Do we still need polling agents inside our polling stations? They can be a problem because they leave some stations to give information to outside people as to who has or has not voted. These persons then visit the voter who has not voted and request them to vote. Such a visit can be quite intimidating. There is still a danger in the practice of people inside polling stations passing information to outside bodies—and I need not go as far as to tell your Lordships who those outside bodies can often be.

The location of polling stations has to be regularly reviewed as new urban housing is developed from time to time. I understand that there was a recent consultation about the selection of polling stations and their locations. Here I declare an interest as chairman of a media group in Northern Ireland. How was this consultation made known to the public across Northern Ireland? Was it advertised in the weekly papers? How many individuals—not political parties—responded to the consultation?

The main issue arising today is the postponement of the proposed reform of local government and the reduction in the number of existing district councils from 26 to 11. There is a stalemate in the Northern Ireland Assembly on this issue so, sadly, there will now have to be elections in the existing 26 district councils even though they are out of date. Regrettably the Northern Ireland Assembly has a record of stalemate and inaction: not only has local government reform been halted but the proposed sports stadium fell through; the extension of the Belfast City Airport runway fell through; Ryanair withdrew last month with the loss of 1,000 jobs; the planning application for a large John Lewis store was not proceeded with after three years; and the replacement of the 11-plus examination is at stalemate after four years. This is a very poor record for the Northern Ireland Assembly and does not encourage people to vote. It is therefore a good idea to have the three elections on the same day. It might help to achieve a better turnout for the Northern Ireland Assembly election than would otherwise have been the case.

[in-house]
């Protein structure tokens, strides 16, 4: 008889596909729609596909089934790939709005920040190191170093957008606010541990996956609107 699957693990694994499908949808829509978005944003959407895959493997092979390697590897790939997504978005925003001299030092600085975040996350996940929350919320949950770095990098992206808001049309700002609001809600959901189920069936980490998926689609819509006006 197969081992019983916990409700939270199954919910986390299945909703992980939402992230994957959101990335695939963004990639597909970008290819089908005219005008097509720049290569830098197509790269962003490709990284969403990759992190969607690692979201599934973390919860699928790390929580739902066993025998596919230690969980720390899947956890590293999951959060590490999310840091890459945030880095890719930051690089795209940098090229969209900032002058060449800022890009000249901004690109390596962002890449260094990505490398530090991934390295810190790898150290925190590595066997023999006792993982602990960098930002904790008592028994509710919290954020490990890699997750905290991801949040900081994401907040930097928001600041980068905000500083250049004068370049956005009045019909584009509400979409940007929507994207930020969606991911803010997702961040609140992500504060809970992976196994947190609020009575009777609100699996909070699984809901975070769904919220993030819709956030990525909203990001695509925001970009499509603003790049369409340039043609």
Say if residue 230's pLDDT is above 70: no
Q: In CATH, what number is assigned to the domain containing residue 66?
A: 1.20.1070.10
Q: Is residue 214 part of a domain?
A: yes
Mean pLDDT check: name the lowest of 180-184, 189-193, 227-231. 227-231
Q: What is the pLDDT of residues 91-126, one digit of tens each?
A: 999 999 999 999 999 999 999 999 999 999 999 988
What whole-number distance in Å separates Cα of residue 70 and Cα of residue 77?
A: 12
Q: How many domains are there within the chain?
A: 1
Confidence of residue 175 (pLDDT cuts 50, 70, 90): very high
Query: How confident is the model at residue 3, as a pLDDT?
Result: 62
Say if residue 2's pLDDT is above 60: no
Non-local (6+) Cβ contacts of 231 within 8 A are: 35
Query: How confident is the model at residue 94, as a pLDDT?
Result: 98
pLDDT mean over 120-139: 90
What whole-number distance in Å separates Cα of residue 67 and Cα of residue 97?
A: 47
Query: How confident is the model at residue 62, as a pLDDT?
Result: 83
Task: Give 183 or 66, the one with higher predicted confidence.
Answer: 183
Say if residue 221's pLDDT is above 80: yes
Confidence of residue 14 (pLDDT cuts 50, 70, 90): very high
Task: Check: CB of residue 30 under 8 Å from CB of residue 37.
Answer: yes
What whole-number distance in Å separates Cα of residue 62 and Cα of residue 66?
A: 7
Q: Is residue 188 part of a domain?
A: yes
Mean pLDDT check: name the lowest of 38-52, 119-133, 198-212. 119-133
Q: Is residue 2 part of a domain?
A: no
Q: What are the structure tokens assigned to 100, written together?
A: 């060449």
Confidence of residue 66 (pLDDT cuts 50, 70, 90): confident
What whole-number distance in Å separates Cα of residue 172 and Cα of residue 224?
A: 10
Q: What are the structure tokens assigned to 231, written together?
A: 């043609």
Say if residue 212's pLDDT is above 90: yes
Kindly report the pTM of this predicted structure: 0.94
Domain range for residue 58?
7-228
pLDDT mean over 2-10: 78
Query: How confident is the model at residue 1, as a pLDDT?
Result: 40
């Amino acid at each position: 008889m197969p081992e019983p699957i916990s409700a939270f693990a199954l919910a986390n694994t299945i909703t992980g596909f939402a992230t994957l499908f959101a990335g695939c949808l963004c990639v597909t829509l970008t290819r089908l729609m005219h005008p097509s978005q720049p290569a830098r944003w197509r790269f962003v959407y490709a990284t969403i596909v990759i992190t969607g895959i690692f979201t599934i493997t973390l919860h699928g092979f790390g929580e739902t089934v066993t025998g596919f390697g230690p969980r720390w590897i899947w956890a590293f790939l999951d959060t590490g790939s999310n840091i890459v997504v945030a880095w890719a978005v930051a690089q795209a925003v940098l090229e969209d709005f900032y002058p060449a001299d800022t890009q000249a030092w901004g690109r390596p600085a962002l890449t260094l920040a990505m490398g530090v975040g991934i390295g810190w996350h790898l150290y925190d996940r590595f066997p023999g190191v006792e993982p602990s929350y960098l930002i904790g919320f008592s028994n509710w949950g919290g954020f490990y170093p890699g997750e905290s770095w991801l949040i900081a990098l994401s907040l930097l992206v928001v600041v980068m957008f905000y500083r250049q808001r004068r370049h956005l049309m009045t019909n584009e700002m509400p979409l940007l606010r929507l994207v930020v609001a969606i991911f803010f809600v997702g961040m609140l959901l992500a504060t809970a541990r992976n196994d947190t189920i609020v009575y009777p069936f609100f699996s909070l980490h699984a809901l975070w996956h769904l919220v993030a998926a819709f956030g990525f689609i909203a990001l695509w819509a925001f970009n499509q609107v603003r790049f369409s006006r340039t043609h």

How will the chief electoral officer alert the public to the various elections? There was a very reduced turnout in the last European election in Northern Ireland and I had warned in a Grand Committee that this would probably happen. The advertising of elections in Northern Ireland needs to be reviewed. The selection of newspapers such as the News of the World or radio stations such as Classic FM—which I personally like—is not the best way to inform a cross-section of Ulster society. Closer attention must be given to the advertising of elections.

The best way to make contact is through the network of weekly newspapers and commercial radio stations across Northern Ireland—I have already declared my interest. Those who live in Belfast are inclined to think that there are three daily newspapers and that that is sufficient. The Belfast Telegraph has a circulation of 55,000; the Irish News, 50,000; and the News Letter, 26,000. This is in sharp contrast with the circulation of the Morton weekly newspaper group, of 65,000, or that of the largest weekly group, Alpha, with a sold circulation of 85,000.